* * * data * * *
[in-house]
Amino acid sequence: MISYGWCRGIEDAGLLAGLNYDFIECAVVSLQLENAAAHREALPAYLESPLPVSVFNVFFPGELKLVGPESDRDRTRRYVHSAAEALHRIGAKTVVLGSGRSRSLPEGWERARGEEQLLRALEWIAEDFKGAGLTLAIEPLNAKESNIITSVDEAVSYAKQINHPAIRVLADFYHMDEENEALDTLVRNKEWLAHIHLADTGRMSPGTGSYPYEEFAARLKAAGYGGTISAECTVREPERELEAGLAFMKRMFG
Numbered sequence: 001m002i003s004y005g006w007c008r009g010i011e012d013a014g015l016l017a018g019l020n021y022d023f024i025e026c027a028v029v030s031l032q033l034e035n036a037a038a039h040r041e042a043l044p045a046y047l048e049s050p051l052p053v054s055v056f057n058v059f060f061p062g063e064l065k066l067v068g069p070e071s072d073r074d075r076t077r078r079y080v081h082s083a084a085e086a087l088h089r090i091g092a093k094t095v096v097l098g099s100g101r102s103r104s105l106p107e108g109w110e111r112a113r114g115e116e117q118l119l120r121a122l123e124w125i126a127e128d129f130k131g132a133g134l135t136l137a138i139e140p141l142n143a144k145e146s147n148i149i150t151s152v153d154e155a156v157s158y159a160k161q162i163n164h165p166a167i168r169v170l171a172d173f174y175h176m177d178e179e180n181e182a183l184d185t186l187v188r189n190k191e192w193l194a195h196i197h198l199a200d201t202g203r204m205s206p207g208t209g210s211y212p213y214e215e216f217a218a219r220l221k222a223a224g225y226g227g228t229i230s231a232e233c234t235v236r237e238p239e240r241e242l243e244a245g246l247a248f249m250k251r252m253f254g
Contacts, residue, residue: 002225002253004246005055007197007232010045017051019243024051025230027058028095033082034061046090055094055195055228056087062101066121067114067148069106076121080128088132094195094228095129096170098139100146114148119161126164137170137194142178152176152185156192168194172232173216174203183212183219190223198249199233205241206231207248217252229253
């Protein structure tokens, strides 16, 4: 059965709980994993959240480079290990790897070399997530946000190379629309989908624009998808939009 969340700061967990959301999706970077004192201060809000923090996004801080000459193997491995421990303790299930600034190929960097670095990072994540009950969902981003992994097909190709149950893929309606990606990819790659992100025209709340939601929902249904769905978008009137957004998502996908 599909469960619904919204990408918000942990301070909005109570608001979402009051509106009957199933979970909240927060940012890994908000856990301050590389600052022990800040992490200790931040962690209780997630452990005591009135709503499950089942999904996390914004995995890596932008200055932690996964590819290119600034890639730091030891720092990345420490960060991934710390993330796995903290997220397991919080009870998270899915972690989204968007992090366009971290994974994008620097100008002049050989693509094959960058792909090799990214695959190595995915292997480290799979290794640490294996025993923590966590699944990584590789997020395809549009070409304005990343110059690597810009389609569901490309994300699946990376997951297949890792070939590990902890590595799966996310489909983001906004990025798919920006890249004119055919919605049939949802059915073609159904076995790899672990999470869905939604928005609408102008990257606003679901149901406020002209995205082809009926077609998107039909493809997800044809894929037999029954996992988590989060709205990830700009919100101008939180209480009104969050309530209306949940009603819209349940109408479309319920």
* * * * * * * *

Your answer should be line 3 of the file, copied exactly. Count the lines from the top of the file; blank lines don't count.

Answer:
Numbered sequence: 001m002i003s004y005g006w007c008r009g010i011e012d013a014g015l016l017a018g019l020n021y022d023f024i025e026c027a028v029v030s031l032q033l034e035n036a037a038a039h040r041e042a043l044p045a046y047l048e049s050p051l052p053v054s055v056f057n058v059f060f061p062g063e064l065k066l067v068g069p070e071s072d073r074d075r076t077r078r079y080v081h082s083a084a085e086a087l088h089r090i091g092a093k094t095v096v097l098g099s100g101r102s103r104s105l106p107e108g109w110e111r112a113r114g115e116e117q118l119l120r121a122l123e124w125i126a127e128d129f130k131g132a133g134l135t136l137a138i139e140p141l142n143a144k145e146s147n148i149i150t151s152v153d154e155a156v157s158y159a160k161q162i163n164h165p166a167i168r169v170l171a172d173f174y175h176m177d178e179e180n181e182a183l184d185t186l187v188r189n190k191e192w193l194a195h196i197h198l199a200d201t202g203r204m205s206p207g208t209g210s211y212p213y214e215e216f217a218a219r220l221k222a223a224g225y226g227g228t229i230s231a232e233c234t235v236r237e238p239e240r241e242l243e244a245g246l247a248f249m250k251r252m253f254g